The distribution of acoustic energy within an enclosure is directly influenced by structural design. From the ornate ceiling of a cathedral to the strategically placed panels inside a concert hall, there are a variety of different practical techniques used to guide and optimize the acoustic performance. If not properly addressed however, mistreated interiors can vary the sound field resulting in not only undesirable but also harmful conditions. The mathematical modeling of such a highly reverberant field is of great interest to engineers and has led to several new modeling techniques over the past century. Conclusions drawn from these models have been used to predict sound fields and avoid dangerous situations, such as identifying potential `hot spots' that pose risks to habitability, as well as to enhance our understanding of the physical phenomena that govern the acoustic interactions between a field and its surroundings.
Our research is focused on the modeling of sound fields in the high frequency region (small wavelength in relation to characteristic enclosure length), a notoriously difficult limit when dealing with highly reverberant fields. The combination of irregular wall geometries, non-uniform boundary conditions and highly directional interior sources form challenges that are usually confronted with frequency dependent numerical methods such as finite element packages. These more traditional approaches quickly become computationally expensive when handling the dense resonant frequency bands in the high frequency limit.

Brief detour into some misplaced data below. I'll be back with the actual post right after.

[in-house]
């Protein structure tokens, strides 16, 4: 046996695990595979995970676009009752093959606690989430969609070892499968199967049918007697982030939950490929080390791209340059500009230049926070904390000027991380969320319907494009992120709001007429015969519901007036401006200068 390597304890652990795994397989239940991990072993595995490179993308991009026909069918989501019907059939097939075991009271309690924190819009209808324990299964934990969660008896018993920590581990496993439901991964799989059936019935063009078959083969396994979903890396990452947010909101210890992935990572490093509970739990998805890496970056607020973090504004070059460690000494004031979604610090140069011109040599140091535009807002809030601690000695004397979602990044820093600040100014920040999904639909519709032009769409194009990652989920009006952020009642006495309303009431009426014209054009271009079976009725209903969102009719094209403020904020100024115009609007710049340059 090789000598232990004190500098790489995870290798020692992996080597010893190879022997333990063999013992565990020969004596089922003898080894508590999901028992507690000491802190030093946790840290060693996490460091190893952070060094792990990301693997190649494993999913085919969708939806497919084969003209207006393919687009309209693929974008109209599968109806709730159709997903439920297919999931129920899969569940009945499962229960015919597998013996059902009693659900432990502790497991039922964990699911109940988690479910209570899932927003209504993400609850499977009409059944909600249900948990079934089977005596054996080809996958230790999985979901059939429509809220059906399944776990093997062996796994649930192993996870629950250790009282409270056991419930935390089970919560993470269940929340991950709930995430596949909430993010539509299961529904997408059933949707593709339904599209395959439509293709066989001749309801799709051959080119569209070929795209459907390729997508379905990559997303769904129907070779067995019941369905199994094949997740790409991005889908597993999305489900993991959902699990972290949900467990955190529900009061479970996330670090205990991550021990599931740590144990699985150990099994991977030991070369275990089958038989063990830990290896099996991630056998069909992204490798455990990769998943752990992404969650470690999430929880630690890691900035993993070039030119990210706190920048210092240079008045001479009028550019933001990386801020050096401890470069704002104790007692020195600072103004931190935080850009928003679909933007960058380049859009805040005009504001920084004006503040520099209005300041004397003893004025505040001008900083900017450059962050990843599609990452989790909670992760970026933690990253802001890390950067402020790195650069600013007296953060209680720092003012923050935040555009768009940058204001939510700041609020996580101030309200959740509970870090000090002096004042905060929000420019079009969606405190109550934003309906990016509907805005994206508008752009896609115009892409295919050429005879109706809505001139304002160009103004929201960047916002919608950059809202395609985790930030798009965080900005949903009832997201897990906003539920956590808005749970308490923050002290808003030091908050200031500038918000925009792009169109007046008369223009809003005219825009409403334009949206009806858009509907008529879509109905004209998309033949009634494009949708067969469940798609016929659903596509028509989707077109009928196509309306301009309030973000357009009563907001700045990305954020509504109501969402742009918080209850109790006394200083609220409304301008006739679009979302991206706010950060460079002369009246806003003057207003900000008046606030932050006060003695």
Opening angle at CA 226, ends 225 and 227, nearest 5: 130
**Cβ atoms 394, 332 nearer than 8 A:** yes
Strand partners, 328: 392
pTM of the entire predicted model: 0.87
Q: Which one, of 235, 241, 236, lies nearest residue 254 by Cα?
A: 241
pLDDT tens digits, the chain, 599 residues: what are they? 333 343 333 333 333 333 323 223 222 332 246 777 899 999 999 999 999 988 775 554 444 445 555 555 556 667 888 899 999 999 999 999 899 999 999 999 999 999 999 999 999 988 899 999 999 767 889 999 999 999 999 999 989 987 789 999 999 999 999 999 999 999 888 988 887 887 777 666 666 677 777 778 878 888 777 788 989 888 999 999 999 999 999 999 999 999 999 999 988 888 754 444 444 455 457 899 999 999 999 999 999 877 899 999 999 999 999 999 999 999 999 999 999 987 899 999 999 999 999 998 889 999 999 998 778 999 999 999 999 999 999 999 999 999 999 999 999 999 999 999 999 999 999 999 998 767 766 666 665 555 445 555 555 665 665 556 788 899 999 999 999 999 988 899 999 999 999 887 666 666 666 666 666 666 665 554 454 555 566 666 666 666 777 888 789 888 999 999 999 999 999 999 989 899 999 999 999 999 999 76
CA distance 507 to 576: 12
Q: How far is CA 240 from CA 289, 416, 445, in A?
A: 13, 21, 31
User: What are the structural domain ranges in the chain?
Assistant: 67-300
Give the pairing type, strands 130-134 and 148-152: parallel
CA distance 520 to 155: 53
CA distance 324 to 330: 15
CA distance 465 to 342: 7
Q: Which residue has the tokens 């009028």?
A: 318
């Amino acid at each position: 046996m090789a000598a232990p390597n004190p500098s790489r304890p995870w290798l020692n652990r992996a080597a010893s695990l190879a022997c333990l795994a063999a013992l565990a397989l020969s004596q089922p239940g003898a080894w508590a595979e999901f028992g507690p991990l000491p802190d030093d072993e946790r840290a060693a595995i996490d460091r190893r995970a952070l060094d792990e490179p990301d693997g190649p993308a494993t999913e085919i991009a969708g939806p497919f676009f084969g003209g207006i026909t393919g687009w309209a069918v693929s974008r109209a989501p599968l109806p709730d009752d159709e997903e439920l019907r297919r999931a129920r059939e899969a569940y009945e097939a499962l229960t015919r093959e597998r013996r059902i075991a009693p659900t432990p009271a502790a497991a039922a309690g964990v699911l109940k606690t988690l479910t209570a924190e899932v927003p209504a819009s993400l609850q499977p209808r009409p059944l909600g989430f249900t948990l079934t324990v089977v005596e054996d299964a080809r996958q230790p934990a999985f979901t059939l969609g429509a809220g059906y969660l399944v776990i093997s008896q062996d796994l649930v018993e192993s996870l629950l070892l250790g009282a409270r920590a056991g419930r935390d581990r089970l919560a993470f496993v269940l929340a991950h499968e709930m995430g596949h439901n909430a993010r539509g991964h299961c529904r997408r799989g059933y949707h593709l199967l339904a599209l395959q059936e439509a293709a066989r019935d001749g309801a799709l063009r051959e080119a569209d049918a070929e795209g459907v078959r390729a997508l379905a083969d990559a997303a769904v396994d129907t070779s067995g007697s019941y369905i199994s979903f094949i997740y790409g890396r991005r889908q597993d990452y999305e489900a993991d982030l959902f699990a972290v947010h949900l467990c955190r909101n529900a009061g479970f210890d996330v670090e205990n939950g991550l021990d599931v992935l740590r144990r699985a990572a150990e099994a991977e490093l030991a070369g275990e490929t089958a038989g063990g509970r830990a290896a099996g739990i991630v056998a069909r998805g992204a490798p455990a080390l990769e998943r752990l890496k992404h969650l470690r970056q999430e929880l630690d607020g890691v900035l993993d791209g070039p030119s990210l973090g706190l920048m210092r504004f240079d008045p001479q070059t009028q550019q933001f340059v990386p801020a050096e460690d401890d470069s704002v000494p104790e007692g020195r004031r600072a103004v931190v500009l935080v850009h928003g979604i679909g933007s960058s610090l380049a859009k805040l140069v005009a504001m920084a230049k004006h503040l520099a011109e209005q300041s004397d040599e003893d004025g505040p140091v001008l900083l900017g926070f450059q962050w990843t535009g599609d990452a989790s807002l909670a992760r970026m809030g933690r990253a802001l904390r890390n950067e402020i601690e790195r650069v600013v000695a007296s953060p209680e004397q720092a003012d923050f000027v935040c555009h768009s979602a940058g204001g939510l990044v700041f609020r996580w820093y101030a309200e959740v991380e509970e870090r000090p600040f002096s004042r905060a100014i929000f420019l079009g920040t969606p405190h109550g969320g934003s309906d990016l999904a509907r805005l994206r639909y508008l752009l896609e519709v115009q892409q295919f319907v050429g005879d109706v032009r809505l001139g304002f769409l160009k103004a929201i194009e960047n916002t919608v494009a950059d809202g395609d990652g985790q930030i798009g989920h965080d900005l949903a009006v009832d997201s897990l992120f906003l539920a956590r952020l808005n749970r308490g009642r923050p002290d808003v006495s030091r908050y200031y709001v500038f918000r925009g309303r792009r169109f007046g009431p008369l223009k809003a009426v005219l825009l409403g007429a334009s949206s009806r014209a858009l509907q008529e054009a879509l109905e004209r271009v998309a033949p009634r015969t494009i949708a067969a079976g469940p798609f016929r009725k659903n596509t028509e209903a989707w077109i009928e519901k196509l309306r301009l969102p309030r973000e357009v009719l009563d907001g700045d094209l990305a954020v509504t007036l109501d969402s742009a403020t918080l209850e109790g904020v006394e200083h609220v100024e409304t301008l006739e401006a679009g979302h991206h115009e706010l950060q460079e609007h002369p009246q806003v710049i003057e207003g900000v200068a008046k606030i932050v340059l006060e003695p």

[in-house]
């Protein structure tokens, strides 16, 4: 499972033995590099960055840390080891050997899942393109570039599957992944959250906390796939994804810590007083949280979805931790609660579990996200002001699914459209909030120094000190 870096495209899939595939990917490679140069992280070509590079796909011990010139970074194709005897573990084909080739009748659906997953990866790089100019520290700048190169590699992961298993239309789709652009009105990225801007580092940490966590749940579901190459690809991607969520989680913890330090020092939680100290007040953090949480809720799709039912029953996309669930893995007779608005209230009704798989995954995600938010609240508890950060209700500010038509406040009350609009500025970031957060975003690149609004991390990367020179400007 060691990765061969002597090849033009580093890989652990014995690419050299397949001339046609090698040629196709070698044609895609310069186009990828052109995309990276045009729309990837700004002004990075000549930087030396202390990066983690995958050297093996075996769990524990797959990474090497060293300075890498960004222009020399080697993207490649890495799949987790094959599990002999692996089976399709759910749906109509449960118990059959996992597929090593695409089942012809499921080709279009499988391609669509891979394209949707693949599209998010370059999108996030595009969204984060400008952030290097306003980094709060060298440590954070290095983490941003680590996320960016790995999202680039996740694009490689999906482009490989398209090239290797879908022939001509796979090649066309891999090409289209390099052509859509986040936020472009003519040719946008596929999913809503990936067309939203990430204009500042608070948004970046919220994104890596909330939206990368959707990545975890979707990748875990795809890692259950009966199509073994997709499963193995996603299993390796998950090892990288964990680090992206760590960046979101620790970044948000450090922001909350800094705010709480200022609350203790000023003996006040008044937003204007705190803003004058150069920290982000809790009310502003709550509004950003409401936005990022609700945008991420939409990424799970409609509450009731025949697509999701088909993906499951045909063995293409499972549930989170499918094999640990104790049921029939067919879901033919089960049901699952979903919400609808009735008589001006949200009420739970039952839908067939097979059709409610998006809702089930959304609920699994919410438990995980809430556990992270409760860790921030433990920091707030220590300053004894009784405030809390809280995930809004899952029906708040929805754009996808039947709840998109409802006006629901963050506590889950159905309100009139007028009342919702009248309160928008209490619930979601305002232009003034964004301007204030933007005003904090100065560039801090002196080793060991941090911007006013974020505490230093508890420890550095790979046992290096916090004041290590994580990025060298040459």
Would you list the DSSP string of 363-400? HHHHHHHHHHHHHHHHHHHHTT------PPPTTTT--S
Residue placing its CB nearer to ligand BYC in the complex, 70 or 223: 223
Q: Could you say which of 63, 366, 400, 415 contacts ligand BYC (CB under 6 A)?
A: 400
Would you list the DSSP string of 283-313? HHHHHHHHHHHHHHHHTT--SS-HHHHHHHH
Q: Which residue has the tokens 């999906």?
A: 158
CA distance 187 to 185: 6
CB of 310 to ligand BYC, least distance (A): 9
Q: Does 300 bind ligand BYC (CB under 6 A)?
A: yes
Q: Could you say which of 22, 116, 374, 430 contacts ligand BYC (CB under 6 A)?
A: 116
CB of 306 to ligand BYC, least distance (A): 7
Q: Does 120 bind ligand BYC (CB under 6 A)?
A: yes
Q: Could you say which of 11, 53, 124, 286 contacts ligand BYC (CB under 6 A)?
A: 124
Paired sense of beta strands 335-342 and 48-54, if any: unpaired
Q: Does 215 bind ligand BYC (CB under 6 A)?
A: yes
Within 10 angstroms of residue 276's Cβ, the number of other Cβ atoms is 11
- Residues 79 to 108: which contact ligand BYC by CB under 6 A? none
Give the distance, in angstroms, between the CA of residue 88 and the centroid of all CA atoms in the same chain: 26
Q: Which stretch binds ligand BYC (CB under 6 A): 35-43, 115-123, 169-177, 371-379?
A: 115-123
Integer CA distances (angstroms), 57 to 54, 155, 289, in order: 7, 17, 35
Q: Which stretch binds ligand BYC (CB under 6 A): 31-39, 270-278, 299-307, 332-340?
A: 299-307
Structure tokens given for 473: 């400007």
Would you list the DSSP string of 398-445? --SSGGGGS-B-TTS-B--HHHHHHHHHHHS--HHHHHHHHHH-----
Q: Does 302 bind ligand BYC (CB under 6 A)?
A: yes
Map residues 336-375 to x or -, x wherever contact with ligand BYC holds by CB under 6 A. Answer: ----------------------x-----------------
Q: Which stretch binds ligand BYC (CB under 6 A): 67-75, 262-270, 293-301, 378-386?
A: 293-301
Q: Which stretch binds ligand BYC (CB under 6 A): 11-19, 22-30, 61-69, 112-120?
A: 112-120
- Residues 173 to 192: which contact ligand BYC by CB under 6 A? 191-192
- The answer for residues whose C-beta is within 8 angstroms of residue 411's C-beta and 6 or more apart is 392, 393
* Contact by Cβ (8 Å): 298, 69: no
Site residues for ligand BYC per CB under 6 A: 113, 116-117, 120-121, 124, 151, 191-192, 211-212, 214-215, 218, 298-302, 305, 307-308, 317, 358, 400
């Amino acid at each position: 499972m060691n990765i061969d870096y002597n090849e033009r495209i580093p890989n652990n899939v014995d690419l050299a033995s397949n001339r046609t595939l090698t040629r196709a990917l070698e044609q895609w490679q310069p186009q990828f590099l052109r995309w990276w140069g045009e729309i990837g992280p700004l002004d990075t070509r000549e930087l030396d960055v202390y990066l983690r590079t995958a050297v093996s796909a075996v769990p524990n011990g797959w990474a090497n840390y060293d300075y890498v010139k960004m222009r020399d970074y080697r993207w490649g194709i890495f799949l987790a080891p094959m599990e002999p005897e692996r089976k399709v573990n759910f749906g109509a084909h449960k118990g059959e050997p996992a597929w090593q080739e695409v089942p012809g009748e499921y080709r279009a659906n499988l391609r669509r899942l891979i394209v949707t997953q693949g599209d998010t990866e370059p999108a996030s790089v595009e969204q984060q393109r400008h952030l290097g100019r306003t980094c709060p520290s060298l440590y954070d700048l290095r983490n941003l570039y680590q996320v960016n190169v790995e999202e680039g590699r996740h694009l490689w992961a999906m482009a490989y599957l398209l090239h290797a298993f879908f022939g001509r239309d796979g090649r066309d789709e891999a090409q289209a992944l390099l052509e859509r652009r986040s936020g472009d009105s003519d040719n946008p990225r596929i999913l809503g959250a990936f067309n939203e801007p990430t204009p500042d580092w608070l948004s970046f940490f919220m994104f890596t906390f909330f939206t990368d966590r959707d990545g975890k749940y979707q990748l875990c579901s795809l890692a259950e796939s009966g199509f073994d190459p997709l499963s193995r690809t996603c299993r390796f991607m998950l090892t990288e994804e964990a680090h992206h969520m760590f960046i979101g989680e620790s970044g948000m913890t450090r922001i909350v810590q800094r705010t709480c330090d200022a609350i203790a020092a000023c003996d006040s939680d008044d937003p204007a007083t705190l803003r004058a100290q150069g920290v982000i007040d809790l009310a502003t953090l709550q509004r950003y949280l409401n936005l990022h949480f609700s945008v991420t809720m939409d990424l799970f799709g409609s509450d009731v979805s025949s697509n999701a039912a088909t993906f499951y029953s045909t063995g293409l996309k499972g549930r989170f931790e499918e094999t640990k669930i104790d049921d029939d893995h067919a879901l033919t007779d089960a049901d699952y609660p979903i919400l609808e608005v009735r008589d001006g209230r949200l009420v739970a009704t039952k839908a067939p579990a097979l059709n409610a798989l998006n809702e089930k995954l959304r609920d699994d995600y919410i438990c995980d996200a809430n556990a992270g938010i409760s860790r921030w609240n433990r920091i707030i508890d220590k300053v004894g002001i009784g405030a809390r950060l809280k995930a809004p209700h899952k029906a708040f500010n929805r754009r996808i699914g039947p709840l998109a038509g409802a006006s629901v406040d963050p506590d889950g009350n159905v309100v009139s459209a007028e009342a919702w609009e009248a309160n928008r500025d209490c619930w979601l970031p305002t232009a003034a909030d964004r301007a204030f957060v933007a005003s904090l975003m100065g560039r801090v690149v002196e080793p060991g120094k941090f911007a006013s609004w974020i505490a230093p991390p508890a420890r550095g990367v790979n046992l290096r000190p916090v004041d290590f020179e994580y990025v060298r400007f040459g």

The modeling technique developed by our group is called the Energy Intensity Boundary Element Method (EIBEM). Derived from first principles, this technique formulates an integral equation that governs the spatial distribution of broadband acoustic energy inside an enclosure. The resulting energy equation is solved using a boundary element algorithm which discretizes the enclosure boundary into energy intensity source panels allowing for both diffuse and specular reflection boundary conditions. Energy distributions are both studied and verified for rectangular, cylindrical and spherical enclosures. Insight gained from these studies has led to the development of absorption scaling theory, an asymptotic analysis of absorption distribution along reflective boundaries, and has applications in room design, inverse problem research and underwater scattering.
Michalis, K. "Modeling Specular and Diffuse Reflection Sound Fields in Enclosures with an Energy-Intensity Boundary Element Method" (PhD Thesis, Duke University, 2011).